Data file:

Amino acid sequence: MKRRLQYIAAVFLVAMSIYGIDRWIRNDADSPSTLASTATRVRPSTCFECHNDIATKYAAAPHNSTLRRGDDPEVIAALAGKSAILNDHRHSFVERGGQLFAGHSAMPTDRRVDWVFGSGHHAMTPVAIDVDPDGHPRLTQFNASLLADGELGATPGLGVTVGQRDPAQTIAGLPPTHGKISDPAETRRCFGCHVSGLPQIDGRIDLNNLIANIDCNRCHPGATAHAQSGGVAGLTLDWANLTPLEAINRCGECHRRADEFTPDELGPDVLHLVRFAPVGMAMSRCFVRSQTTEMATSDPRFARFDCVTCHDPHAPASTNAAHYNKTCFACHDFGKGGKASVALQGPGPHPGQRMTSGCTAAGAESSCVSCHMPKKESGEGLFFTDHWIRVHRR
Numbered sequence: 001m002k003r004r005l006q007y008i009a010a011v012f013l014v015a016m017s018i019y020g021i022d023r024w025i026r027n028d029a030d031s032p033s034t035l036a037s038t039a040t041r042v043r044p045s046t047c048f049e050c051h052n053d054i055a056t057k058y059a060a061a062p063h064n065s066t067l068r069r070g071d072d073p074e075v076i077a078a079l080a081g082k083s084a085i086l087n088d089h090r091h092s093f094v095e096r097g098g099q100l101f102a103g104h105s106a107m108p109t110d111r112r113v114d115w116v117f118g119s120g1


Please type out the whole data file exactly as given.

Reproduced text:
Amino acid sequence: MKRRLQYIAAVFLVAMSIYGIDRWIRNDADSPSTLASTATRVRPSTCFECHNDIATKYAAAPHNSTLRRGDDPEVIAALAGKSAILNDHRHSFVERGGQLFAGHSAMPTDRRVDWVFGSGHHAMTPVAIDVDPDGHPRLTQFNASLLADGELGATPGLGVTVGQRDPAQTIAGLPPTHGKISDPAETRRCFGCHVSGLPQIDGRIDLNNLIANIDCNRCHPGATAHAQSGGVAGLTLDWANLTPLEAINRCGECHRRADEFTPDELGPDVLHLVRFAPVGMAMSRCFVRSQTTEMATSDPRFARFDCVTCHDPHAPASTNAAHYNKTCFACHDFGKGGKASVALQGPGPHPGQRMTSGCTAAGAESSCVSCHMPKKESGEGLFFTDHWIRVHRR
Numbered sequence: 001m002k003r004r005l006q007y008i009a010a011v012f013l014v015a016m017s018i019y020g021i022d023r024w025i026r027n028d029a030d031s032p033s034t035l036a037s038t039a040t041r042v043r044p045s046t047c048f049e050c051h052n053d054i055a056t057k058y059a060a061a062p063h064n065s066t067l068r069r070g071d072d073p074e075v076i077a078a079l080a081g082k083s084a085i086l087n088d089h090r091h092s093f094v095e096r097g098g099q100l101f102a103g104h105s106a107m108p109t110d111r112r113v114d115w116v117f118g119s120g1